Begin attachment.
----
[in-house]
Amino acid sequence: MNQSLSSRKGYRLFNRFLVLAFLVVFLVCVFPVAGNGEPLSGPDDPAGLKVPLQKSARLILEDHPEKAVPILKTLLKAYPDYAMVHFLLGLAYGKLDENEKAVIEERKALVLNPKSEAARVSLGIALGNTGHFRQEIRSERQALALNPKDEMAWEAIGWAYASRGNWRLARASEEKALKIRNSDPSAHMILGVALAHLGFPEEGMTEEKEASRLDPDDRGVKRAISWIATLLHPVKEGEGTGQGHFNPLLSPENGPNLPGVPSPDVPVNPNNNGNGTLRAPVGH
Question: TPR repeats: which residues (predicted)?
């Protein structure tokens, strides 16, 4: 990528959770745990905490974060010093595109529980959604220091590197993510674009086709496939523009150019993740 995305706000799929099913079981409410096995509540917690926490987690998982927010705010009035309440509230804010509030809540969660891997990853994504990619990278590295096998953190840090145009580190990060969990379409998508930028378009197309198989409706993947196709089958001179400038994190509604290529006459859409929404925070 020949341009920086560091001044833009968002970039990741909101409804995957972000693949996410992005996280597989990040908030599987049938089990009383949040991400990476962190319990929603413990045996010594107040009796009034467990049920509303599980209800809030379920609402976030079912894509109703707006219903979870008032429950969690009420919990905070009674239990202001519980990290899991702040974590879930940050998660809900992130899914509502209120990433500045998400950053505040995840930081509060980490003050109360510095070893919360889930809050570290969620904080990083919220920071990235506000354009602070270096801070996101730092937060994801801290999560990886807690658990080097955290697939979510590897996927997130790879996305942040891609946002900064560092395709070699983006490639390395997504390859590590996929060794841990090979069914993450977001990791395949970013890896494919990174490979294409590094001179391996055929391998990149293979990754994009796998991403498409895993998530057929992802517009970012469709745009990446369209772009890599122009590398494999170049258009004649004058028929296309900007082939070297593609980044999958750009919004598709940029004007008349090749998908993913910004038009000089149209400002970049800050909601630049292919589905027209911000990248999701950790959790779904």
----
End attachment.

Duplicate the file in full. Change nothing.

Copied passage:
[in-house]
Amino acid sequence: MNQSLSSRKGYRLFNRFLVLAFLVVFLVCVFPVAGNGEPLSGPDDPAGLKVPLQKSARLILEDHPEKAVPILKTLLKAYPDYAMVHFLLGLAYGKLDENEKAVIEERKALVLNPKSEAARVSLGIALGNTGHFRQEIRSERQALALNPKDEMAWEAIGWAYASRGNWRLARASEEKALKIRNSDPSAHMILGVALAHLGFPEEGMTEEKEASRLDPDDRGVKRAISWIATLLHPVKEGEGTGQGHFNPLLSPENGPNLPGVPSPDVPVNPNNNGNGTLRAPVGH
Question: TPR repeats: which residues (predicted)?
């Protein structure tokens, strides 16, 4: 990528959770745990905490974060010093595109529980959604220091590197993510674009086709496939523009150019993740 995305706000799929099913079981409410096995509540917690926490987690998982927010705010009035309440509230804010509030809540969660891997990853994504990619990278590295096998953190840090145009580190990060969990379409998508930028378009197309198989409706993947196709089958001179400038994190509604290529006459859409929404925070 020949341009920086560091001044833009968002970039990741909101409804995957972000693949996410992005996280597989990040908030599987049938089990009383949040991400990476962190319990929603413990045996010594107040009796009034467990049920509303599980209800809030379920609402976030079912894509109703707006219903979870008032429950969690009420919990905070009674239990202001519980990290899991702040974590879930940050998660809900992130899914509502209120990433500045998400950053505040995840930081509060980490003050109360510095070893919360889930809050570290969620904080990083919220920071990235506000354009602070270096801070996101730092937060994801801290999560990886807690658990080097955290697939979510590897996927997130790879996305942040891609946002900064560092395709070699983006490639390395997504390859590590996929060794841990090979069914993450977001990791395949970013890896494919990174490979294409590094001179391996055929391998990149293979990754994009796998991403498409895993998530057929992802517009970012469709745009990446369209772009890599122009590398494999170049258009004649004058028929296309900007082939070297593609980044999958750009919004598709940029004007008349090749998908993913910004038009000089149209400002970049800050909601630049292919589905027209911000990248999701950790959790779904």